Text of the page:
Agriculture is a problem as well as a potential solution. It is responsible for 14% of global GHG emissions or 6.8 Gt of CO2e per year (per FAO), but it also has high mitigation potential (up to 6 Gt of CO2e per year by 2030) primarily through soil carbon sequestration. About 74% of emissions from agriculture originate in developing countries, and 70% of the mitigation could be realized in the same regions. The key is to build organic matter in soils and keep it there for the long term. In addition, fertilizer use, rice production and livestock management all offer further mitigation potential for non-carbon GHG emissions.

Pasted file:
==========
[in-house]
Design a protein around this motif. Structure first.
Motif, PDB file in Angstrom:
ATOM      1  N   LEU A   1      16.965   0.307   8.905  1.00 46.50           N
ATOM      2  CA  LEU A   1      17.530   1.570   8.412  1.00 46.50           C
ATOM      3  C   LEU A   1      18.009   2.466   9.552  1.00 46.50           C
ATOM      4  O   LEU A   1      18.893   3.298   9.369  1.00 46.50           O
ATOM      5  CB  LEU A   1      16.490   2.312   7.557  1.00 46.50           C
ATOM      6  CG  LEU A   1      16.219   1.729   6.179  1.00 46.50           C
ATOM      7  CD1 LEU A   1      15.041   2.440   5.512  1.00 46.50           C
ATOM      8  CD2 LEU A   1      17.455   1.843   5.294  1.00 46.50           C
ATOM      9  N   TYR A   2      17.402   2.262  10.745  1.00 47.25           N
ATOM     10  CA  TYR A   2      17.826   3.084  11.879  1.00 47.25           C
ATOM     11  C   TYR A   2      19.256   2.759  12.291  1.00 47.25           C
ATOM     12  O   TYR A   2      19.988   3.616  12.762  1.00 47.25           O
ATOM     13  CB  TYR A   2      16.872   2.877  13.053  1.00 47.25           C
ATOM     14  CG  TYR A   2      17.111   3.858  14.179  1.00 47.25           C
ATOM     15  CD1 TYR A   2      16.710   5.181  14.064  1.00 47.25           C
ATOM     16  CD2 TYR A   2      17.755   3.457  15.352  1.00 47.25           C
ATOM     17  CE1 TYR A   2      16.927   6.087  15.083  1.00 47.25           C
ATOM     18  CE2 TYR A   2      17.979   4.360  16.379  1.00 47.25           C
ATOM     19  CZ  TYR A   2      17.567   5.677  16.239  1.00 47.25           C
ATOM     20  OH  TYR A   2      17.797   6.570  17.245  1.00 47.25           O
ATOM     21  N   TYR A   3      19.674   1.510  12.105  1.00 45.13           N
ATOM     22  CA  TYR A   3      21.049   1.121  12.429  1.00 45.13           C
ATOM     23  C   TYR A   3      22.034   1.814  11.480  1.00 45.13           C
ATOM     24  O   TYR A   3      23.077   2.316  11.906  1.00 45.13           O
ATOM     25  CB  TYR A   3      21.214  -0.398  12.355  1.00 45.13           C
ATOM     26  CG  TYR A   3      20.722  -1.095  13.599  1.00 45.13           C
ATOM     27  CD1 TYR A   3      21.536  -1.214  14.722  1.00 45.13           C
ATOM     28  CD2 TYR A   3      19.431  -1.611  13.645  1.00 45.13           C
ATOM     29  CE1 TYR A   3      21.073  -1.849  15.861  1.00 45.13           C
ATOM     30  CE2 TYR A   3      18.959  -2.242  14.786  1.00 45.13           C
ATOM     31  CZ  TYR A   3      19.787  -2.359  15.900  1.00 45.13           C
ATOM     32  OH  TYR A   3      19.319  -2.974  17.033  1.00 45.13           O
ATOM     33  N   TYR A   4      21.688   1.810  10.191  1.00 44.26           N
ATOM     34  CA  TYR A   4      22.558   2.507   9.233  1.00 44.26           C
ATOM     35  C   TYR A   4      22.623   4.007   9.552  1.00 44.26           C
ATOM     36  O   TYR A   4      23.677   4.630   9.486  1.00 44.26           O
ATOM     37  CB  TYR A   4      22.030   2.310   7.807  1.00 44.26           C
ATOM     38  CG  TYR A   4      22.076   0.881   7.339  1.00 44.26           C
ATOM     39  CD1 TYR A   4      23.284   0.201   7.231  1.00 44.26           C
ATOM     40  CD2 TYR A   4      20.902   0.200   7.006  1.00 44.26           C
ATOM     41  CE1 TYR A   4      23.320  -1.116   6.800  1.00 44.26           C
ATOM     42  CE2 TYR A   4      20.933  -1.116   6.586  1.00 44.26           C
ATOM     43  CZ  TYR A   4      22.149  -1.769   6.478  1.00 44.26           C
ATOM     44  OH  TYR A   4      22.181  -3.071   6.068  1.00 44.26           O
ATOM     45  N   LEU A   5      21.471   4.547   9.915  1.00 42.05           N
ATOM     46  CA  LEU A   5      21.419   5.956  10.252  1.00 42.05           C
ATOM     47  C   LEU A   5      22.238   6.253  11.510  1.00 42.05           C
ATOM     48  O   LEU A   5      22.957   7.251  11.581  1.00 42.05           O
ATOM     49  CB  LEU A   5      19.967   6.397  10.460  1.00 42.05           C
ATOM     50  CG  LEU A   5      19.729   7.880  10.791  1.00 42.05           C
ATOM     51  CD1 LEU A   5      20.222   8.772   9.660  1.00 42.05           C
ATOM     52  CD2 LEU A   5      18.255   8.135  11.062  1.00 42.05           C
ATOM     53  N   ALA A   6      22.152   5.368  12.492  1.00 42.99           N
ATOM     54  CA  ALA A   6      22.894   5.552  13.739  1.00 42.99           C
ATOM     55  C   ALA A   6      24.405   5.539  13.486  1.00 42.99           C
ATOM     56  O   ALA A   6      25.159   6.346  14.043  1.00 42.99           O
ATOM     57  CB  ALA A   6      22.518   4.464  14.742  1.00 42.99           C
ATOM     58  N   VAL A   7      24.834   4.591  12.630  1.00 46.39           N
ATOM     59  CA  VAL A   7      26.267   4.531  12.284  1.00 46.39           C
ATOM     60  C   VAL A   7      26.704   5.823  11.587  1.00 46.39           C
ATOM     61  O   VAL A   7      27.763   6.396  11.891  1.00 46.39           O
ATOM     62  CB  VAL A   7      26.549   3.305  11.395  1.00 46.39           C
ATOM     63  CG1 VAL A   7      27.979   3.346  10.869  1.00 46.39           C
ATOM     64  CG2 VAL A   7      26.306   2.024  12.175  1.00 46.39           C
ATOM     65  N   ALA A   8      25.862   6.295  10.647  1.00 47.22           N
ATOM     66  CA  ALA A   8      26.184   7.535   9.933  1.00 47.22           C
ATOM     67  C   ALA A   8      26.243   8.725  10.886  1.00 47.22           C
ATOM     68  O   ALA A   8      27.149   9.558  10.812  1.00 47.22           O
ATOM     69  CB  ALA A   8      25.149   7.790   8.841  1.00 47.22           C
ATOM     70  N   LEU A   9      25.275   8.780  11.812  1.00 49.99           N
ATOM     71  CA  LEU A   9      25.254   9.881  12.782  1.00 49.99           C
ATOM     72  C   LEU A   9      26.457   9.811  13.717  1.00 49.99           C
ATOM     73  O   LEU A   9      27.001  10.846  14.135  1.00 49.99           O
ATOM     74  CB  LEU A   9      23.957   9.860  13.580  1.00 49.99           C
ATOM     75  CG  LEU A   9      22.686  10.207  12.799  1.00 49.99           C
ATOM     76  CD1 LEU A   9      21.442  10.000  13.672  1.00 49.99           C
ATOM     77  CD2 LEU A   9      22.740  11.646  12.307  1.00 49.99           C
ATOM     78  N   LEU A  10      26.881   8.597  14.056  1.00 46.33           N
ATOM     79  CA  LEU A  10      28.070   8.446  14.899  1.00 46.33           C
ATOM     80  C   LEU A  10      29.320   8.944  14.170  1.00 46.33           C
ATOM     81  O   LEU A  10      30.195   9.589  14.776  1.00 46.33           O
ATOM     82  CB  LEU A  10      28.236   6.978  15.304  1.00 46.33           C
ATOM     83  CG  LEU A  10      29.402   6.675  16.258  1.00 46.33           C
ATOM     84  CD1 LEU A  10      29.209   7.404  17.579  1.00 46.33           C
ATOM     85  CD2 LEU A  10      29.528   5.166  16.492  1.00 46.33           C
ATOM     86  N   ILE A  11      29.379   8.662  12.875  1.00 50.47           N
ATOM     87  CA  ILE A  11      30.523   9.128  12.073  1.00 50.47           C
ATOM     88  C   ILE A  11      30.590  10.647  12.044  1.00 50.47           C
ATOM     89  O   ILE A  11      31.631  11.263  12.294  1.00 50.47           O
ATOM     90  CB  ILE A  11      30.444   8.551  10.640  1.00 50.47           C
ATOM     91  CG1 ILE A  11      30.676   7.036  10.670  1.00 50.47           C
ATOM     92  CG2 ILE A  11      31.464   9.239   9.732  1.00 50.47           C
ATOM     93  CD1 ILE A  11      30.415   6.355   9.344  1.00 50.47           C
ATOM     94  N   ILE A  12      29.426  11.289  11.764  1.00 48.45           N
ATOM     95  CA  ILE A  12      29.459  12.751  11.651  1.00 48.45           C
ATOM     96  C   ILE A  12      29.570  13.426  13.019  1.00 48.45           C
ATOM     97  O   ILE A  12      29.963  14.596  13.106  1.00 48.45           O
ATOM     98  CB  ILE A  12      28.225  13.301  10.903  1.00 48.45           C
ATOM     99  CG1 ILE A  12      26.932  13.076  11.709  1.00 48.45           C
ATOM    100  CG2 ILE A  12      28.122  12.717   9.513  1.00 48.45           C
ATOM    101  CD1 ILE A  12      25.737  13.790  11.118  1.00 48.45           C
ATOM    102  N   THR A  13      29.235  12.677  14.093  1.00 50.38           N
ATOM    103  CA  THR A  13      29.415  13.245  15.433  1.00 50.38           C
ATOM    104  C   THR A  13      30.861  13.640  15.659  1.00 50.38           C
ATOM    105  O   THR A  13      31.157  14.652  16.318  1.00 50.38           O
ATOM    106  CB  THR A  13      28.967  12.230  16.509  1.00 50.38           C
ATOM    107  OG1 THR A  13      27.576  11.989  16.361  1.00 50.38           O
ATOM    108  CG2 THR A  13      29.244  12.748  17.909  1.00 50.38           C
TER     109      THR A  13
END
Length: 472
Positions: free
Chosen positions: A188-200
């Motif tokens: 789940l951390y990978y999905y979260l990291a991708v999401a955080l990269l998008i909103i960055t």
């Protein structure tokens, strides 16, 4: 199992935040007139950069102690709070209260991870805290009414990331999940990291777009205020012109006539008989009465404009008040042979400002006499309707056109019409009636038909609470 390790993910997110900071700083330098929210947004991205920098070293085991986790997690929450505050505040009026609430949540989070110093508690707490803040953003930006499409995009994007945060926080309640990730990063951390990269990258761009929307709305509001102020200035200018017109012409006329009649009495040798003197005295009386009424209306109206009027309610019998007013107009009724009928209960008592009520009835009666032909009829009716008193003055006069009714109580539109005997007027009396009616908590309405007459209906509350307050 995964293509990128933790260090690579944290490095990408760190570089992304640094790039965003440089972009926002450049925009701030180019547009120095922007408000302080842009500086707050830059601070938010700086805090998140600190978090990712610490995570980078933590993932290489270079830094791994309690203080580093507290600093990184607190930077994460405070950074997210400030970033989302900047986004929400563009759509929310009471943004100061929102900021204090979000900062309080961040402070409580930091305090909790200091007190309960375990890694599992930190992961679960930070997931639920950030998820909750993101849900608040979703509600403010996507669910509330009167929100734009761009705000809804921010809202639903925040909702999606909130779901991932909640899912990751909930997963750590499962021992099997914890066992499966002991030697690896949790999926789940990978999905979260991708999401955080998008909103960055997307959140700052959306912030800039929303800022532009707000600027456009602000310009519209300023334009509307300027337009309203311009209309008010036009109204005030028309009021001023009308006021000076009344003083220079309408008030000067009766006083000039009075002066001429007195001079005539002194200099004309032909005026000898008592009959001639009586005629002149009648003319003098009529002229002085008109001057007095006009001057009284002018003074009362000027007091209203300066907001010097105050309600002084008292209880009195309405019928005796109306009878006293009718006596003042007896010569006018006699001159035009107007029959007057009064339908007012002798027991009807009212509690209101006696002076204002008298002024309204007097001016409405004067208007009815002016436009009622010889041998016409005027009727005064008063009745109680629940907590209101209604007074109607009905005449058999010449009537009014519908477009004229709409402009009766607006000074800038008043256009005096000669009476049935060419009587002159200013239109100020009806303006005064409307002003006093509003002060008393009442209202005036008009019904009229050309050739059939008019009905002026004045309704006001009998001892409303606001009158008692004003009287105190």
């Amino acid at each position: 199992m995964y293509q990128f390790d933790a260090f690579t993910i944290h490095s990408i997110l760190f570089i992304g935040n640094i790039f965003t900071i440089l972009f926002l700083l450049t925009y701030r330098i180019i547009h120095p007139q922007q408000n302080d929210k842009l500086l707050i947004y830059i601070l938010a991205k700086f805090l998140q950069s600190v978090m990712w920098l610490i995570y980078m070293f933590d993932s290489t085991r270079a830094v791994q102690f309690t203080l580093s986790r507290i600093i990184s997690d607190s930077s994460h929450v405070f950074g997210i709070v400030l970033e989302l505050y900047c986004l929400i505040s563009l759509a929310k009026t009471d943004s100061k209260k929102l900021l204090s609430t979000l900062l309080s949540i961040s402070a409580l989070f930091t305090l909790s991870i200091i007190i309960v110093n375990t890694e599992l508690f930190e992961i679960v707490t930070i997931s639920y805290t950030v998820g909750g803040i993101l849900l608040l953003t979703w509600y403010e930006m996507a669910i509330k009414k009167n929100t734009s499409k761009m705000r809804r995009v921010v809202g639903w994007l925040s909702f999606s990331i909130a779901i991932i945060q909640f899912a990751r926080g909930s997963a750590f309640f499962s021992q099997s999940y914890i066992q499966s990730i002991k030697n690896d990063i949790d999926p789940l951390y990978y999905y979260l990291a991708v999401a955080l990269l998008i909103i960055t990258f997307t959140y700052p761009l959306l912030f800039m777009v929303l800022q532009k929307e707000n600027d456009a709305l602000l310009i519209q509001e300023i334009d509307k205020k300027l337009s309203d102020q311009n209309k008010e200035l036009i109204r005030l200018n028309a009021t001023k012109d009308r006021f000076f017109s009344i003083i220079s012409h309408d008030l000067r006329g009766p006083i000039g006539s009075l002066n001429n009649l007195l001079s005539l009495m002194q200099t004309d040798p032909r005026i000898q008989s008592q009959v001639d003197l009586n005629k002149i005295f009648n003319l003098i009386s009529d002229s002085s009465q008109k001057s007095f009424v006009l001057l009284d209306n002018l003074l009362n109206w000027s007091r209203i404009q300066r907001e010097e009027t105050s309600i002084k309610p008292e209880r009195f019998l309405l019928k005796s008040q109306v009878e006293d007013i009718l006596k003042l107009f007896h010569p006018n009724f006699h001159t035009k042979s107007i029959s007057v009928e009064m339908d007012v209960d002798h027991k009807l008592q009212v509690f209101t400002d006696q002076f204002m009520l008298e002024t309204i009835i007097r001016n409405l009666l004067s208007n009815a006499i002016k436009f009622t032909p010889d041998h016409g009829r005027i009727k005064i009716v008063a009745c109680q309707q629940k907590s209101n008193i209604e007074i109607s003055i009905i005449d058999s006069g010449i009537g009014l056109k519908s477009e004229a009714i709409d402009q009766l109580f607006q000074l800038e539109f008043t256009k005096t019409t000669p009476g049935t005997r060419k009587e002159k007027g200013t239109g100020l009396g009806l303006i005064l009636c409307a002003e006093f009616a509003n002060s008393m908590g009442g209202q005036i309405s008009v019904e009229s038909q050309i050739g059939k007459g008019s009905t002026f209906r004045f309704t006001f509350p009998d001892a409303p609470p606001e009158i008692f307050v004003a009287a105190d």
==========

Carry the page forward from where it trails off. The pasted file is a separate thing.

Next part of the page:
Combined with the emissions from deforestation (12-17%), at least a quarter of annual global GHG emissions can be traced to agriculture and land-use changes driven by agriculture and logging. It appears that COP15 did make some progress in tackling emissions from deforestation and agriculture. An international working group is to be formed to devise ways to mitigate emissions from agriculture, and countries would be compensated for preserving forests and other natural landscapes.
Progress is hard and COP15 disappointed a lot of people, but these were a couple of bright spots to emerge from the chaos.